Jump to content



  • Posts

  • Joined

  • Last visited

Everything posted by Neige

  1. I got my first professional job because I spoke French. It's a major world language, and many companies need French speakers. There is relatively little competition for those jobs in the US, which is absolutely *not* the case for Spanish-speaking jobs (where there is a TON of competition, as there are so many Spanish speakers). Now, I would have the opposite problem if we lived back in Canada (where I grew up), but in the US it has definitely been an asset!
  2. Thanks! Really good to know!
  3. I am interested in SSL for DS too, next year. What are the components that are actually needed? Do I need the full $82 set, or can I skip some of it? Thanks!
  4. I got most of them through Inter Library Loan. It took a few weeks, but was worth it (particularly for Jenny's Surprise Summer, which was a favorite).
  5. dmmettler -- that is such a helpful perspective! Thank you so much!
  6. Hi Everyone, You were all so helpful with my earlier thread (here) that I wonder if you might humor me with one other question regarding pre-school and an HG/PG child. We work through a lot of math, puzzle books, LoE, etc. at home. He has been going to a play-based nursery program two mornings per week, mainly for socialization and to give me a break (plus he gets a chance to get messy and I don't have to clean!). We are considering options for next year, though. We still want to send him to a morning preschool program a few mornings per week, and then homeschool on his off days / after school in the afternoons. We definitely intend on HS'ing full time once he gets to K age (he is currently 3, so two more years given our state's age cutoff). We are pretty much done with the current nursery school -- they just aren't meeting our needs socially (he is by far the oldest in the class), and certainly not academically, and there are a lot of very active boys in the group that easily overwhelm the teacher, which leads to sensory overload for my little guy. Two options we are considering instead: A) A Reggio-Emilia preschool, with a big focus on hands-on art and sensory activities. No academic subjects per se, but they centre on "project-based learning" where the class decides what they want to do/study/learn and academic subjects get built into the projects. The kids in his class would be clustered closer to his age (his birthday would fall more or less in the middle of the group, and all are within a few months him). B) A Montessori school, which follows the traditions *very* closely. They do teach academics along with "life skills", and with mixed-age classrooms (he would be among the youngest, with 3-6 year olds in the class) they claim to teach individually or in small groups to the level of each child in each subject, without regard to "grade" or age. This appeals to me not only because he's currently doing grade 1-2 math, but also because he tends to favour playing with older children and he does need to work on his fine motor skills. I'm on the fence mainly because I think the academics would be the easier thing for me to do at home, and I could tailor every subject to his level probably better than a teacher who also has 20 other students. I do like the Montessori approach (we use RightStart and have some manipulatives), and it would probably be more challenging for him as a school environment than the Reggio school. Reggio seems harder to implement at home, and I will admit to that partially being because of the mess! But I also know how deeply he can engage with a topic that interests him, so I think Reggio could be a great thing, too. If any of you are familiar with these two schools of pedagogy and/or have first-hand experience in terms of how your AL fared with them, I would greatly appreciate any thoughts or wisdom you could throw my way!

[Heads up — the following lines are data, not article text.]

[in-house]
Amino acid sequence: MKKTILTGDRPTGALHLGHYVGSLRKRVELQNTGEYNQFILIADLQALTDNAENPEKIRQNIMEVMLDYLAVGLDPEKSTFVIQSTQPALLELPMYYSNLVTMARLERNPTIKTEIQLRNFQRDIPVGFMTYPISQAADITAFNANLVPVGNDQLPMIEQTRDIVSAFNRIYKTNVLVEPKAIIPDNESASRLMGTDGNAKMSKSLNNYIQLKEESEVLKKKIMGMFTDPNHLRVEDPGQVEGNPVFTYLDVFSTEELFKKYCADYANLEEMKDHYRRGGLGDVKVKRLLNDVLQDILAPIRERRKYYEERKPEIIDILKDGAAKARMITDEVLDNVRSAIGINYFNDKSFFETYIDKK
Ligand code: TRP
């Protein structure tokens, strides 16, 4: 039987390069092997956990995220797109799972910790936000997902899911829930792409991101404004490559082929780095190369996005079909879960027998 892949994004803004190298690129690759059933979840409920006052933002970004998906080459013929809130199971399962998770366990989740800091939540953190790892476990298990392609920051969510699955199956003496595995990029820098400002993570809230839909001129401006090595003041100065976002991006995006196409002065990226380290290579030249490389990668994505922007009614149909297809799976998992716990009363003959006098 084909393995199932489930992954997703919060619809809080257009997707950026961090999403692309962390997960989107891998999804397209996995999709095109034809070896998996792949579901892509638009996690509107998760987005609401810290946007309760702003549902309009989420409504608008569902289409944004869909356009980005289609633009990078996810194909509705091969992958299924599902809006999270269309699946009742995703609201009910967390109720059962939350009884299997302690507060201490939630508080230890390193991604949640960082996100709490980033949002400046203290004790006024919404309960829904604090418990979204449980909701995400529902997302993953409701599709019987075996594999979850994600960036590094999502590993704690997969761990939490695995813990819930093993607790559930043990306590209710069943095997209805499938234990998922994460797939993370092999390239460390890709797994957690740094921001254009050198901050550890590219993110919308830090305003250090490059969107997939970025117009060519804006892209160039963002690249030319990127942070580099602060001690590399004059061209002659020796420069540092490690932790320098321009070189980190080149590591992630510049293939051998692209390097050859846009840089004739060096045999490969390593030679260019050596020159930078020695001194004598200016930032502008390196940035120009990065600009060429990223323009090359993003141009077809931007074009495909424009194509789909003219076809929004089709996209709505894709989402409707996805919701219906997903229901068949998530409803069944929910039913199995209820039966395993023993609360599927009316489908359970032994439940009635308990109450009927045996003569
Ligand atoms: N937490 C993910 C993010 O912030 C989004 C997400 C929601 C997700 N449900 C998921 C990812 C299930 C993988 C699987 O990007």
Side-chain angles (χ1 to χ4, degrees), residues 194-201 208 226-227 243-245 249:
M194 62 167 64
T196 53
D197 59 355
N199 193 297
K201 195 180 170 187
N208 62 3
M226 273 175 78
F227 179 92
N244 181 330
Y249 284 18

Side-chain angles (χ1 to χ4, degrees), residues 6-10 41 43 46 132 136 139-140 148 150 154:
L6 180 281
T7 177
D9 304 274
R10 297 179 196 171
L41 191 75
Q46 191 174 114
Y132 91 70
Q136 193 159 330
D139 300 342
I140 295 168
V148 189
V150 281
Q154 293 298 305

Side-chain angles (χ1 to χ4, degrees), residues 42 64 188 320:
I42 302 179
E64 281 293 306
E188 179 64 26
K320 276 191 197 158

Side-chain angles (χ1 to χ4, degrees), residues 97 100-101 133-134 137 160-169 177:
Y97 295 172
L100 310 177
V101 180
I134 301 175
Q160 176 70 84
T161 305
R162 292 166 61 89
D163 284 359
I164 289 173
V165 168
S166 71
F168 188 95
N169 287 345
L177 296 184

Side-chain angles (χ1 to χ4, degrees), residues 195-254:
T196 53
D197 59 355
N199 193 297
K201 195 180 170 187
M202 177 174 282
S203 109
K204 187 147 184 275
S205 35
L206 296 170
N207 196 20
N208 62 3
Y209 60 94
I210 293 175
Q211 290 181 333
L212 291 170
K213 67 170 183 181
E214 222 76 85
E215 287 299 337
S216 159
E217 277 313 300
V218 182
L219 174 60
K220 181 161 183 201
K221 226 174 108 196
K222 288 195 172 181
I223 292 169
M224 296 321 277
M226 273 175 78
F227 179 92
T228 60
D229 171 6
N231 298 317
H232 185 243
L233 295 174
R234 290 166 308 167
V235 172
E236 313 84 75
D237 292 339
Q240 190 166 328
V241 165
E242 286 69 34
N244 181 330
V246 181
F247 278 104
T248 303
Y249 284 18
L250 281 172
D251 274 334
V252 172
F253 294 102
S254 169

7. Ah, sorry -- I misread your question (I was thinking 3 lines, rather than 3 sections)!
  8. My son (3yo) currently spends about 10hrs/wk with a German-speaking babysitter, who has taught him a few basics (Hello/Goodbye, Goodnight, Sleep well, etc.) and a song. He is very eager, so I am wondering if there is a curriculum out there that would help him to be more organized (knowing what to teach). It would have to be mostly oral, rather than written. I'm thinking something like Tatou le Matou, but for German, if that helps anyone. Any suggestions? Thanks!
  9. From LoE, their cursive sample: https://www.logicofenglish.com/images/Products/Handwriting/RhythmOfHandwriting-CursiveSample.pdf
  10. I think that's fairly standard handwriting practice paper. LoE uses it. There is some here: http://www.donnayoung.org/penmanship/handwriting-paper-bw.htm http://www.printablepaper.net/category/penmanship If you want a booklet, there's also something like this: http://www.amazon.fr/Serpodile-9791090155060-Mon-cahier-reliure/dp/1090155069/ref=sr_1_7?ie=UTF8&qid=1453794695&sr=8-7&keywords=cahier+écriture+reliure+cursive
  11. Also, the fonts that are used in the boutdegomme website linked above are all here: http://maternellecolor.free.fr/ldivers/Index.html
  12. I am a French speaker -- watching the video you linked, the *method* reminds me a lot of the way LoE teaches cursive handwriting, even if the script/font is slightly different. I expect you could use LoE method adapted to the French font Monica in Switzerland has linked to.
  13. Mine will be PK4ish (turning 4 past the cutoff, but only by a couple months), and nothing is definite yet, but here's what we're thinking: Math: RSB, Mathematical Reasoning Level B, Miquon and maybe starting LoF and/or Singapore Reading: LoE Foundations C+D Fine Motor/Handwriting: Kumon Tracing and Maze books Logic: Building Thinking Skills Level 1, Mind Benders, (actively looking for others) Literature: We're going to try FIAR and/or Wee Folk Art, Poetry for Young People series Music: Suzuki violin or piano (he wants to do both, we're trying to decide between them) Art: Ivy Kids, Bento Box French: conversations with me, and I'm looking to see if there is a curriculum that would fit a non-handwriter his age German: with our babysitter/tutor Nature class at the local nature centre Gymnastics Swimming Ice Skating We're considering a morning Montessori preschool program, both for social reasons and to work on fine motor skills.
  14. Thank you all so much. Lori D. -- that's a really great list!
  15. My son loves logic/puzzle books, but does not have good handwriting skills. I'm trying to do more hands-on activities with him and to "go broad" but he really loves working through things like CTC's Mathematical Reasoning and Building Thinking Skills, and Lollipop Logic. He's blasted through a few levels of each and I'm looking to diversify our collection, both to add interest/challenge and to slow him down somewhat (he's 3). Thanks!